There is also this 1000 PSU on sale, and I know 1000 watts is overkill but it's gold certified so I'm not sure if that would mean I'm not wasting the watts I'm not using. The reason I'm thinking of getting it is because it's more than half off, not sure if its a trusted brand / retailer though; OCZ Z-SERIES 1000W 80+ Gold Certified 24PIN ATX 83A 12V Afc Modular Power Supply W/ 135mm Fan. On for $100 regular $270.
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September 10, 2012 9:50:58 AM

Thats the one. But again, if you only intend to install on one machine, an OEM copy would be a cheaper option.

From what I have seen, those glass' can be worth up to $175 on their own, and are required for Nvidia 3D Vision.

While there isnt much reason for a 680 over a 670, but if its on sale and roughly the same price you might as well.

The efficiency of a PSU only determines how close the the power supplied to the rig and the power pulled from the wall are.
So if a 80% efficient supply giving 100W to internal components, it will draw 120W from the wall. The 20% inefficiency is where the extra 20W from the wall is coming from.
Also a PSU will only supply the power needed, a 1000W unit wont supply more than the rig needs.

OCZ isnt the greatest brand, but they are decent enough. I would grab that PSU personally, 1000W of 80+ Gold power with a fully modular interface at $100 is great value. Make sure to read some reviews on the unit though.
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September 10, 2012 10:41:29 AM

manofchalk said:
Thats the one. But again, if you only intend to install on one machine, an OEM copy would be a cheaper option.

From what I have seen, those glass' can be worth up to $175 on their own, and are required for Nvidia 3D Vision.

While there isnt much reason for a 680 over a 670, but if its on sale and roughly the same price you might as well.

The efficiency of a PSU only determines how close the the power supplied to the rig and the power pulled from the wall are.
So if a 80% efficient supply giving 100W to internal components, it will draw 120W from the wall. The 20% inefficiency is where the extra 20W from the wall is coming from.
Also a PSU will only supply the power needed, a 1000W unit wont supply more than the rig needs.

OCZ isnt the greatest brand, but they are decent enough. I would grab that PSU personally, 1000W of 80+ Gold power with a fully modular interface at $100 is great value. Make sure to read some reviews on the unit though.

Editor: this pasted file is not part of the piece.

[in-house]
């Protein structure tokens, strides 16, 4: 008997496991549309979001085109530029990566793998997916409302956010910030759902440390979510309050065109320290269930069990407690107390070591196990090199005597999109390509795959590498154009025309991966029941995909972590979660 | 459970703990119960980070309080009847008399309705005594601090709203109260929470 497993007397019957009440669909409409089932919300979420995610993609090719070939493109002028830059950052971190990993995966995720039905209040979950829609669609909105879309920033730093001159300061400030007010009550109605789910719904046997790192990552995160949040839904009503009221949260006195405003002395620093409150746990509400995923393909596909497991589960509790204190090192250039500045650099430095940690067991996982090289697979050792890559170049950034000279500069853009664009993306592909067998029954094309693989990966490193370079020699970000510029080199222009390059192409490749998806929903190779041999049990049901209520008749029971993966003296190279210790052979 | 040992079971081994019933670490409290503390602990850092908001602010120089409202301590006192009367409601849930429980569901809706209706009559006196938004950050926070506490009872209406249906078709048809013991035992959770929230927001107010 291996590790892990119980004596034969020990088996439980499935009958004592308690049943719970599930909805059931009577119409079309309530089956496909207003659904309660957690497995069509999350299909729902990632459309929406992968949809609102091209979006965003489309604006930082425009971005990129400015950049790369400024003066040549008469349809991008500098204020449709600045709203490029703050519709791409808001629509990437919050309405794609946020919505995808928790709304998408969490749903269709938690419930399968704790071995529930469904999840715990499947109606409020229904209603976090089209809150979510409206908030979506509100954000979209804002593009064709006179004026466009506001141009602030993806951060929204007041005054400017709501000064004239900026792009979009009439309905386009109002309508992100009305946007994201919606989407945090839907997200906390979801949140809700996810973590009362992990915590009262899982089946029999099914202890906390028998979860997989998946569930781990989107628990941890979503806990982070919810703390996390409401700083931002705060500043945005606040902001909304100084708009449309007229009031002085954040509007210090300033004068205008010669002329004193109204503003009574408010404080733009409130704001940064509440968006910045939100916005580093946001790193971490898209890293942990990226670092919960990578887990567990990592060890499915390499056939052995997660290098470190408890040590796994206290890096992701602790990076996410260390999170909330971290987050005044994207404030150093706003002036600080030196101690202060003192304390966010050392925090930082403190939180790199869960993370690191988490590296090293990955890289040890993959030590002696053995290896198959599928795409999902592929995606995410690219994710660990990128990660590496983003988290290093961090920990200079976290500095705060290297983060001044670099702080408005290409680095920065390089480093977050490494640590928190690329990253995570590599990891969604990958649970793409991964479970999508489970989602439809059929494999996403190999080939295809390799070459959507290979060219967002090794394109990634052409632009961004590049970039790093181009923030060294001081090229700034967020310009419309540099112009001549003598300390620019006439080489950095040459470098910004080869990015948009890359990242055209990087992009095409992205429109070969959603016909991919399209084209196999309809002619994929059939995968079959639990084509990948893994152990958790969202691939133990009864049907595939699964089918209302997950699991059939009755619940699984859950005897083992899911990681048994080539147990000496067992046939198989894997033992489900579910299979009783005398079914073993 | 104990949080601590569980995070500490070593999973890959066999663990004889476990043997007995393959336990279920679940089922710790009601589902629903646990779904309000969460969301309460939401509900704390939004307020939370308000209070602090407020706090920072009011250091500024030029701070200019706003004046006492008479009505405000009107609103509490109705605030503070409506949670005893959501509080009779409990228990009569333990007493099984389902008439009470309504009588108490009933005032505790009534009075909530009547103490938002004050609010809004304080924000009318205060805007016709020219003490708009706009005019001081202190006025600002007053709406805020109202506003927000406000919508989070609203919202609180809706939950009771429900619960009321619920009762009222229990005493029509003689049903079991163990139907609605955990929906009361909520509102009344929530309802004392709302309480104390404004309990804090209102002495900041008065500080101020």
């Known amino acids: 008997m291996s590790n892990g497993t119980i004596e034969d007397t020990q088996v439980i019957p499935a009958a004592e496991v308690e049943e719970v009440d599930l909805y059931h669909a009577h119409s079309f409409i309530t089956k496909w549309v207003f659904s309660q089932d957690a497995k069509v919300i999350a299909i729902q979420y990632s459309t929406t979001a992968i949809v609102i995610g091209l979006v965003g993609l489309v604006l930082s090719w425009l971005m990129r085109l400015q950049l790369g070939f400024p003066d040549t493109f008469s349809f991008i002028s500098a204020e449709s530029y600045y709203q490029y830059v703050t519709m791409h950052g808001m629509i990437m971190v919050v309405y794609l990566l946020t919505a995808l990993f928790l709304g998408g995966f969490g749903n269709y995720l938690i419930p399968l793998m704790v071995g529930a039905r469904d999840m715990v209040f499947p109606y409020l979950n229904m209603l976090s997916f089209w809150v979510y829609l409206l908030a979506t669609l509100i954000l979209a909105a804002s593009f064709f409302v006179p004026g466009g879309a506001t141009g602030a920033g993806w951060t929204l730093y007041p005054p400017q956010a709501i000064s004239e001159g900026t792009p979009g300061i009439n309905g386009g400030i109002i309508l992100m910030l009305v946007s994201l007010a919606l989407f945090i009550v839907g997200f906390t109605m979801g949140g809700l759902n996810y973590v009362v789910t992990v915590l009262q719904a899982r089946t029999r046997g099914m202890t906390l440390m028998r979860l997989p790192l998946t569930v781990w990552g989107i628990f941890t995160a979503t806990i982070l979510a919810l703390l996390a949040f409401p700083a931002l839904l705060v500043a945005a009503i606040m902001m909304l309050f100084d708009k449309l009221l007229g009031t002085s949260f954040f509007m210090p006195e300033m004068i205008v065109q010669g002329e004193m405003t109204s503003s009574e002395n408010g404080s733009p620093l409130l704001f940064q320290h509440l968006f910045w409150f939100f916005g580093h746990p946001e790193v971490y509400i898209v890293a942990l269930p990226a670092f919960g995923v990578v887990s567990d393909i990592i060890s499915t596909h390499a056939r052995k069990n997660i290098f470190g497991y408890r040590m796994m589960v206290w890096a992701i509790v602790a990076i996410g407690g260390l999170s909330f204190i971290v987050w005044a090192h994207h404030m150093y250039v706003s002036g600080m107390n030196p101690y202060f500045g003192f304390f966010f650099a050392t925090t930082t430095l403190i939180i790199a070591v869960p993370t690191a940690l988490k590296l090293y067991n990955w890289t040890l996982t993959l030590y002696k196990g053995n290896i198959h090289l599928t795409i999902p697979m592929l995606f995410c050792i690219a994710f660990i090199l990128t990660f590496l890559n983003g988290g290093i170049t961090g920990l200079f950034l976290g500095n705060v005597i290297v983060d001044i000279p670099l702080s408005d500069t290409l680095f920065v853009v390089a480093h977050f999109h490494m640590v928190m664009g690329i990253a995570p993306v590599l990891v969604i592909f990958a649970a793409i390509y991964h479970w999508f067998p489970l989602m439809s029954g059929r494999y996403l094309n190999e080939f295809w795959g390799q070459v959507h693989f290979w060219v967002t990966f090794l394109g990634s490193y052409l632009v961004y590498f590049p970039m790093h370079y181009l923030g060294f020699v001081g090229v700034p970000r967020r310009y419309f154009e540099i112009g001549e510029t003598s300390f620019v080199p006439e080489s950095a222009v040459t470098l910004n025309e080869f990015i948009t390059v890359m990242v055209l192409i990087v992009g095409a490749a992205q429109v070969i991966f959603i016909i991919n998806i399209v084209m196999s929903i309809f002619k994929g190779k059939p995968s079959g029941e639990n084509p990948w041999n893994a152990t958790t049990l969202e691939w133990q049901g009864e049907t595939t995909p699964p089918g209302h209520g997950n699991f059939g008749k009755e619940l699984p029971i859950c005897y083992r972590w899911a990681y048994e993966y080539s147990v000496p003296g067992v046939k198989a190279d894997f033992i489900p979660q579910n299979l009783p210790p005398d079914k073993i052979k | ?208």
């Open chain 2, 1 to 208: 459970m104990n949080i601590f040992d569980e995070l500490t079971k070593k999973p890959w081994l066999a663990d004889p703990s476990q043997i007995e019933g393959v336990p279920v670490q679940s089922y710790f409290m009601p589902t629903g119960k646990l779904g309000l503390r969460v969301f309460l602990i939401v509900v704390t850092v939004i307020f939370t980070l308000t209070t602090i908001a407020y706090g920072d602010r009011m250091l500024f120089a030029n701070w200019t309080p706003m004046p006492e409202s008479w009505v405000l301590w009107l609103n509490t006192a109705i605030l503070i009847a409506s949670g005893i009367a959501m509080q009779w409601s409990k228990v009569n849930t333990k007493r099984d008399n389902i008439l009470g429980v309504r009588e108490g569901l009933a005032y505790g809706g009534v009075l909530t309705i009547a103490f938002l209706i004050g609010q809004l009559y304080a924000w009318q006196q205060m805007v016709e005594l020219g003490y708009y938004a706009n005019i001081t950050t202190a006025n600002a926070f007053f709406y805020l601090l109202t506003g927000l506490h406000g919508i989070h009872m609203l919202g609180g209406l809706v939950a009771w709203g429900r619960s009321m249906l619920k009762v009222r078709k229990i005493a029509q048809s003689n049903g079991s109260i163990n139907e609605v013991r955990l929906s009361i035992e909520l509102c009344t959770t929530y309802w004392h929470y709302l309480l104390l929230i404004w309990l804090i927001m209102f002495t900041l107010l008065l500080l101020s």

Yeah I think I will get the X one, it's on sale for $500 save $70 so that will save me the taxes and $10 which is nice.

Exactly, the only reason I would buy a 680 is if it was on sale. So if I got the 680, how would I go about putting it in my PC (if I also got a new power supply) would it even fit on my motherboard?

Err so if I get an 1000 watt PSU, and say my system only needs 300 watt, it's going to draw out 360 watts? I thought that it draws out as much power as it can... I don't know much about PSU's. Also apparently 80 plus gold is actually 90 percent efficiency?

Apparently that specific PSU is the very first 80 plus gold certieified PSU released on the market. It's also like 3 years old, cause I'm watching reviews about it from 2009. Still doing research...
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September 10, 2012 10:47:23 AM

Yep, a PSU will only provide how much the machine needs. It being rated 1000W only tells you that it can provide up to 1000W.
I used the 80% efficiency and a 100W draw example because they are easy numbers to use, you PSU efficiency and draw will be different.
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September 10, 2012 11:02:19 AM

I think I'm going to pick it up, along with that GTX 680. The thing is, I don't know if it's going to be compatible with my current setup. Or even how to set it up.
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September 10, 2012 11:29:13 AM

It should all be compatible. PCI-Express slots are forward and backward compatible, the card will work in the slot. There should be no issues with compatibility with the PSU. Only thing I can think of is if the case or something isn't physically large enough, but if its a normal ATX size case I dont see this being a problem.

Watch those video's I posted up above, both will show you how to assemble a rig from scratch.

And if you have to wait on the 680 and PSU to arrive, pull apart the rig you have and put it back together. Thats how I learnt to do it before I built my gaming rig.
Its fairly simple, all the connectors and such are designed to only go in one way and its fairly simple to tell which is the right way. Again, those video's will show you everything you will need to know.